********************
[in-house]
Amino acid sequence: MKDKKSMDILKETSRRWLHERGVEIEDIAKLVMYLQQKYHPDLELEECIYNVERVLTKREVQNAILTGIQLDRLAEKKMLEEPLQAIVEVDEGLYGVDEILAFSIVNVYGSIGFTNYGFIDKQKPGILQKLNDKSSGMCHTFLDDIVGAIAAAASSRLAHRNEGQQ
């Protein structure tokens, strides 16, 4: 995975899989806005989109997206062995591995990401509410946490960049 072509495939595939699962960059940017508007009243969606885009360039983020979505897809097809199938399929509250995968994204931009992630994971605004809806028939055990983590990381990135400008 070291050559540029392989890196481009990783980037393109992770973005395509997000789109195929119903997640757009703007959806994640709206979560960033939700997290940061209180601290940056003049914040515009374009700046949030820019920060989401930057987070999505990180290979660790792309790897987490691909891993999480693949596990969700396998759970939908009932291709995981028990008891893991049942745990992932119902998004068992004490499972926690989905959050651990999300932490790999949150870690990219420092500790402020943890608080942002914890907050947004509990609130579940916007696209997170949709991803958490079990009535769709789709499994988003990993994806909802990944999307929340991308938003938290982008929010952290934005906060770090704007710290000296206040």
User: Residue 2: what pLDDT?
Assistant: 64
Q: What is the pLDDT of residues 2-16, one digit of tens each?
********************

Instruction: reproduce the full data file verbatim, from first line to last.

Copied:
[in-house]
Amino acid sequence: MKDKKSMDILKETSRRWLHERGVEIEDIAKLVMYLQQKYHPDLELEECIYNVERVLTKREVQNAILTGIQLDRLAEKKMLEEPLQAIVEVDEGLYGVDEILAFSIVNVYGSIGFTNYGFIDKQKPGILQKLNDKSSGMCHTFLDDIVGAIAAAASSRLAHRNEGQQ
């Protein structure tokens, strides 16, 4: 995975899989806005989109997206062995591995990401509410946490960049 072509495939595939699962960059940017508007009243969606885009360039983020979505897809097809199938399929509250995968994204931009992630994971605004809806028939055990983590990381990135400008 070291050559540029392989890196481009990783980037393109992770973005395509997000789109195929119903997640757009703007959806994640709206979560960033939700997290940061209180601290940056003049914040515009374009700046949030820019920060989401930057987070999505990180290979660790792309790897987490691909891993999480693949596990969700396998759970939908009932291709995981028990008891893991049942745990992932119902998004068992004490499972926690989905959050651990999300932490790999949150870690990219420092500790402020943890608080942002914890907050947004509990609130579940916007696209997170949709991803958490079990009535769709789709499994988003990993994806909802990944999307929340991308938003938290982008929010952290934005906060770090704007710290000296206040």
User: Residue 2: what pLDDT?
Assistant: 64
Q: What is the pLDDT of residues 2-16, one digit of tens each?